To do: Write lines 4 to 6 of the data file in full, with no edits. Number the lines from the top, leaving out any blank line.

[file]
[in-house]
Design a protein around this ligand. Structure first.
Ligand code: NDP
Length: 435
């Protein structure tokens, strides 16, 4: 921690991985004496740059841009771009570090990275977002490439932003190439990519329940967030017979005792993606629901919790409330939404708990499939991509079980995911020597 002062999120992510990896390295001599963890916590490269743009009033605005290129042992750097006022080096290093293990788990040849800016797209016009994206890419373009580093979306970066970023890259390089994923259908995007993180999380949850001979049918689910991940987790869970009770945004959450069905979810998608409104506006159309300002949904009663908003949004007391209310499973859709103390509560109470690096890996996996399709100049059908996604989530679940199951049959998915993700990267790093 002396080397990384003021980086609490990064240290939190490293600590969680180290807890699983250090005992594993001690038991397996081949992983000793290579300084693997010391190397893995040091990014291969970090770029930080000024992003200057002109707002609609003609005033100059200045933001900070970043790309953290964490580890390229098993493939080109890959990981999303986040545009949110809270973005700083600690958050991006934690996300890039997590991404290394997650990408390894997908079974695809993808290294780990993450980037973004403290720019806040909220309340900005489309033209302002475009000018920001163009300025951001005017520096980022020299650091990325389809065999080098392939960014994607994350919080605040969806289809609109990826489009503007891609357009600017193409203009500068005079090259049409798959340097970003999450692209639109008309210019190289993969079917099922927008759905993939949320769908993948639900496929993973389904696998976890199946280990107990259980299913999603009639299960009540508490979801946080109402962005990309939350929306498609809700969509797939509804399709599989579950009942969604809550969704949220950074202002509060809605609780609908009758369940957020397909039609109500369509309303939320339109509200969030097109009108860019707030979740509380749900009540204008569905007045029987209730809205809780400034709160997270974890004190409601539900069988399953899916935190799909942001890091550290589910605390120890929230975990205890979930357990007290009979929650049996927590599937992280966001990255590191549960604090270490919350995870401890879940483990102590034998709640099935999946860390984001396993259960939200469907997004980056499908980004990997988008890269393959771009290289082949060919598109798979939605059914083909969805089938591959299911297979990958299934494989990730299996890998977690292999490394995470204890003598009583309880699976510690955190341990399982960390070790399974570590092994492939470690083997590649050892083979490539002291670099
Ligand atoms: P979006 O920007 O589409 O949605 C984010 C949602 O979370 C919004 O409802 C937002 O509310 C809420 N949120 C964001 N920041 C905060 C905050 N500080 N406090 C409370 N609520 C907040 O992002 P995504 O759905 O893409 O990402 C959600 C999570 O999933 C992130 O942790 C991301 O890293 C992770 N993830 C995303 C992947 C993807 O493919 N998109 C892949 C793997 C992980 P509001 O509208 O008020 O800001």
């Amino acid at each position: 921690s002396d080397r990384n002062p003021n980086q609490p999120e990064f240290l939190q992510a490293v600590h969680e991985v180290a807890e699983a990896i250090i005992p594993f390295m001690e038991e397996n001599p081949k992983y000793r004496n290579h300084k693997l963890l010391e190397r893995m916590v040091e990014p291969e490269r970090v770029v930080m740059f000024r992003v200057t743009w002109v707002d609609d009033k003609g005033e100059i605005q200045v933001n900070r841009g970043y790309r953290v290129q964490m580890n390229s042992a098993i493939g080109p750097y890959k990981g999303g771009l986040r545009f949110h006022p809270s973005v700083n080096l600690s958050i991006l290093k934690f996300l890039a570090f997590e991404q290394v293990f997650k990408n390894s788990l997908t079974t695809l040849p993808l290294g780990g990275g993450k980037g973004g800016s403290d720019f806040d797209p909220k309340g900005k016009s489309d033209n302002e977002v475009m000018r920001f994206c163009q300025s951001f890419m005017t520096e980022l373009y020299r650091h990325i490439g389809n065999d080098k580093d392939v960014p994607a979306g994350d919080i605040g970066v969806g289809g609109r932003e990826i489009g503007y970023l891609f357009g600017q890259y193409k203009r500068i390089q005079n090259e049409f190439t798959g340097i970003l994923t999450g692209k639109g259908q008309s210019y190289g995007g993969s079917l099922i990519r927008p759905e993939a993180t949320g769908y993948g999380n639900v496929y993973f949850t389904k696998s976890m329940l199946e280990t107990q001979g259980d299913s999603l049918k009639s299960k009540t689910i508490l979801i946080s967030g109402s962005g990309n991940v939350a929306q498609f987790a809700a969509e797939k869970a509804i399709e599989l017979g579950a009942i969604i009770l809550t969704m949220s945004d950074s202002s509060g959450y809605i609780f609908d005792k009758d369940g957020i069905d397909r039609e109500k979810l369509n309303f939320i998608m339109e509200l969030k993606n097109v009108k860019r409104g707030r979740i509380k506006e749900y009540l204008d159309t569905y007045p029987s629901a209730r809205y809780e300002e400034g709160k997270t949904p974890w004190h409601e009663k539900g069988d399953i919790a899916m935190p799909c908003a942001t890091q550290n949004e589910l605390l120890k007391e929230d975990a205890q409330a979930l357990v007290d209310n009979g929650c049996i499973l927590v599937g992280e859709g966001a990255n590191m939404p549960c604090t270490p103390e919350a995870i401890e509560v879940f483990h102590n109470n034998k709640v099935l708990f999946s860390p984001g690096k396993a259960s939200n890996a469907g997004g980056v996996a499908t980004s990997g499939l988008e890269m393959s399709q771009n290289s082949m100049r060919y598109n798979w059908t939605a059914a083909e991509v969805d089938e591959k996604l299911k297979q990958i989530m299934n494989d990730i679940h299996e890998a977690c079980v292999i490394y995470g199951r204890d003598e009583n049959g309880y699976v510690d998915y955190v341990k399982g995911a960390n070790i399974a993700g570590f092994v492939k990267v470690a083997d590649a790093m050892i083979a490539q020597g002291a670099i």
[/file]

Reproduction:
Length: 435
């Protein structure tokens, strides 16, 4: 921690991985004496740059841009771009570090990275977002490439932003190439990519329940967030017979005792993606629901919790409330939404708990499939991509079980995911020597 002062999120992510990896390295001599963890916590490269743009009033605005290129042992750097006022080096290093293990788990040849800016797209016009994206890419373009580093979306970066970023890259390089994923259908995007993180999380949850001979049918689910991940987790869970009770945004959450069905979810998608409104506006159309300002949904009663908003949004007391209310499973859709103390509560109470690096890996996996399709100049059908996604989530679940199951049959998915993700990267790093 002396080397990384003021980086609490990064240290939190490293600590969680180290807890699983250090005992594993001690038991397996081949992983000793290579300084693997010391190397893995040091990014291969970090770029930080000024992003200057002109707002609609003609005033100059200045933001900070970043790309953290964490580890390229098993493939080109890959990981999303986040545009949110809270973005700083600690958050991006934690996300890039997590991404290394997650990408390894997908079974695809993808290294780990993450980037973004403290720019806040909220309340900005489309033209302002475009000018920001163009300025951001005017520096980022020299650091990325389809065999080098392939960014994607994350919080605040969806289809609109990826489009503007891609357009600017193409203009500068005079090259049409798959340097970003999450692209639109008309210019190289993969079917099922927008759905993939949320769908993948639900496929993973389904696998976890199946280990107990259980299913999603009639299960009540508490979801946080109402962005990309939350929306498609809700969509797939509804399709599989579950009942969604809550969704949220950074202002509060809605609780609908009758369940957020397909039609109500369509309303939320339109509200969030097109009108860019707030979740509380749900009540204008569905007045029987209730809205809780400034709160997270974890004190409601539900069988399953899916935190799909942001890091550290589910605390120890929230975990205890979930357990007290009979929650049996927590599937992280966001990255590191549960604090270490919350995870401890879940483990102590034998709640099935999946860390984001396993259960939200469907997004980056499908980004990997988008890269393959771009290289082949060919598109798979939605059914083909969805089938591959299911297979990958299934494989990730299996890998977690292999490394995470204890003598009583309880699976510690955190341990399982960390070790399974570590092994492939470690083997590649050892083979490539002291670099
Ligand atoms: P979006 O920007 O589409 O949605 C984010 C949602 O979370 C919004 O409802 C937002 O509310 C809420 N949120 C964001 N920041 C905060 C905050 N500080 N406090 C409370 N609520 C907040 O992002 P995504 O759905 O893409 O990402 C959600 C999570 O999933 C992130 O942790 C991301 O890293 C992770 N993830 C995303 C992947 C993807 O493919 N998109 C892949 C793997 C992980 P509001 O509208 O008020 O800001």